The amendments made to the Tax Code of the Russian Federation on January 1, 2019 fully imposed the obligation on foreign companies providing electronic services to Russian users to pay VAT. At the same time, Russian buyers of electronic services - legal entities and individual entrepreneurs - will be exempt from the tax agent functions for VAT. In turn, organizations and individual entrepreneurs that buy electronic services are entitled to deduct VAT, paid to a foreign organization, if there are documents that confirm transferred payments including taxes to foreign organization, as well as the contract or settlement document, highlighting the tax amount and including the special Tax ID numbers - INN (Individual Tax-payer Number) and KPP (Tax Registration Reason Code).

Foreign companies need to use special technologies to analyze and control of the completeness of tax declaration process when paying VAT.

Another problem is the use of digital currency. Digital currencies is an element of the digital economy and sooner or later they will have to be dealt with in the context of taxation.

Cryptocurrencies have traditional characteristics of offshore zones as there is no specific user identity in their turnover and it is impossible to trace the fact of gaining profit. The reason for this is the fact that Internet is extraterritorial (it does not belong to any jurisdiction). In addition, the cryptocurrency is sometimes called the “super-offshore” zone because of the independence of the cryptocurrency systems from financial institutions, including banks, cooperation with which today can counteract the erosion of the tax base and the transfer of profits, and help to get an advantage in terms of tax minimization with respect to ordinary offshore territories (Marian, 2013).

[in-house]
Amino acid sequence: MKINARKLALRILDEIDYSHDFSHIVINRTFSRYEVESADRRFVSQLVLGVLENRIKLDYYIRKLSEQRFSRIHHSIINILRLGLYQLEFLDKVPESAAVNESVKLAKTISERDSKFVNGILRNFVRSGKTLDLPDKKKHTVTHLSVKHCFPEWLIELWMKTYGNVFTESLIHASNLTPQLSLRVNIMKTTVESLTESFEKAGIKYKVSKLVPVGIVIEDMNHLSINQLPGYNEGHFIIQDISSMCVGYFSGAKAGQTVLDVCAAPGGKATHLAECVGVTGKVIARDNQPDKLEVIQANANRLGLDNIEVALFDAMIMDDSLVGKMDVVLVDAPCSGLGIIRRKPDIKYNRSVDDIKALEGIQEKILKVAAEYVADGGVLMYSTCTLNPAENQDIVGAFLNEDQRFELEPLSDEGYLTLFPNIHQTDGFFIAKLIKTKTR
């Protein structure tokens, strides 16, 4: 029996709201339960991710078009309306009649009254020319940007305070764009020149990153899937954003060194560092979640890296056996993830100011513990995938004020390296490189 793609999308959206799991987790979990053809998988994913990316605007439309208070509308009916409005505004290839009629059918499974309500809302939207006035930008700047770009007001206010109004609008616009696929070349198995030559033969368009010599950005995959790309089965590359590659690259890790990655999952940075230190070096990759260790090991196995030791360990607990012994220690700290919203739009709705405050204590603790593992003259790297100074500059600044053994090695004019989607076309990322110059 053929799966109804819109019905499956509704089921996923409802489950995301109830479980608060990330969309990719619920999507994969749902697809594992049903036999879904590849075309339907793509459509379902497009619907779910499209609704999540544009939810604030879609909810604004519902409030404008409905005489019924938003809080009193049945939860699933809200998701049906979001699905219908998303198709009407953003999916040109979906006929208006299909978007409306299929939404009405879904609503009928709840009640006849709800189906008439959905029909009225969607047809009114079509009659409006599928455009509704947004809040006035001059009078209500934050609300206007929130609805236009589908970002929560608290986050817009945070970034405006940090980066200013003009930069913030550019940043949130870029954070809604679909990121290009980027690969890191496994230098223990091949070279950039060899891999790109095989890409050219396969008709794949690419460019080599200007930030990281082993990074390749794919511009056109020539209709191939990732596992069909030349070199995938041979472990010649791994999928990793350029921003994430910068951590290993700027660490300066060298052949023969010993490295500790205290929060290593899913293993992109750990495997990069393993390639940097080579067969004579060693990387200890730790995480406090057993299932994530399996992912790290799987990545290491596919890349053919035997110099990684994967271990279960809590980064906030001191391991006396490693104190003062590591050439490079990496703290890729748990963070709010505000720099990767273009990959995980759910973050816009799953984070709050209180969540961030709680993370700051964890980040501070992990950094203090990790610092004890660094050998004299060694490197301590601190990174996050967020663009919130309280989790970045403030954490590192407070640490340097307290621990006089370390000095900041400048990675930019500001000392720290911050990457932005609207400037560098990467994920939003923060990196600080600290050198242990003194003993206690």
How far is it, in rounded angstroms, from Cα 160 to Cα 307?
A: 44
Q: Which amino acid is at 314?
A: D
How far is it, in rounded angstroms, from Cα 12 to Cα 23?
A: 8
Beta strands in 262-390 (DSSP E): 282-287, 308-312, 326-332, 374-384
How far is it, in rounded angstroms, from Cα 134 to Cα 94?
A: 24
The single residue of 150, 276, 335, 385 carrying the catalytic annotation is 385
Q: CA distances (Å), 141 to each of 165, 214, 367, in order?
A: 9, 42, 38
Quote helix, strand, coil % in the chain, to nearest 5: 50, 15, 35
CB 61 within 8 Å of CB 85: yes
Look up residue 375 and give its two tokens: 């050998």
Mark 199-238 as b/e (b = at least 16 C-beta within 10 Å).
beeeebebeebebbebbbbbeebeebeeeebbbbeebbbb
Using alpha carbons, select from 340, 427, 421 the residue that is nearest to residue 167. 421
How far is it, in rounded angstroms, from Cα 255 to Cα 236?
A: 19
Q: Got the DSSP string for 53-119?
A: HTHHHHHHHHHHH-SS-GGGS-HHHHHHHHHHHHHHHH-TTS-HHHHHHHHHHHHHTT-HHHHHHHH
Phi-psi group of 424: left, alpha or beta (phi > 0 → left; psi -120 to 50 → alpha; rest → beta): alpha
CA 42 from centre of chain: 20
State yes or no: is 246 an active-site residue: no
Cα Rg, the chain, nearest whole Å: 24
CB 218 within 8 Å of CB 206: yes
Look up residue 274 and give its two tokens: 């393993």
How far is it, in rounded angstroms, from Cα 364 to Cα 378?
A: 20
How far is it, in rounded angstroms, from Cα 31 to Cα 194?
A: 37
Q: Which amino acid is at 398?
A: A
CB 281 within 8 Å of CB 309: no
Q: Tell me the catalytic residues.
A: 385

At the present stage, the following reasons for impossibility of solving the cryptocurrency taxation issue can be considered:

1) the decentralization of new means of payments that change the settlement in the financial market and in the payment system, which was based on the traditional provisions of the Constitution stating that the state has a monopoly on the money issuance, causing the uncertainty regarding the legal status of operations with new means of payment,

2) the anonymity of users complicates the collection of taxes, given that the financial security authorities still tend to prefer conservative approach to cryptocurrency regulation.

3) the existence of opinion that the virtual currency has no impact on substantial macroeconomic risks does not speed up the elimination of this issue.

Solving the problem of decentralization and anonymity of users within the system is possible by:

- interactions with individual financial intermediaries that are involved in the system (e.g. websites where users fill information about their account number). Yet this is applicable only when cryptocurrency is exchanged for ordinary currency, in the status of digital goods for the purpose of taxation or in other status with exemption from direct and indirect taxation of all income from transactions without the involvement of money;

  • licensing activities of money transfers, i.e. users who use cryptocurrency not only for paying for goods and services but also for other purposes – in contrary to the initial idea of Bitcoin as ​​global and unregulated currency, this is an effective way of recognizing its legitimacy;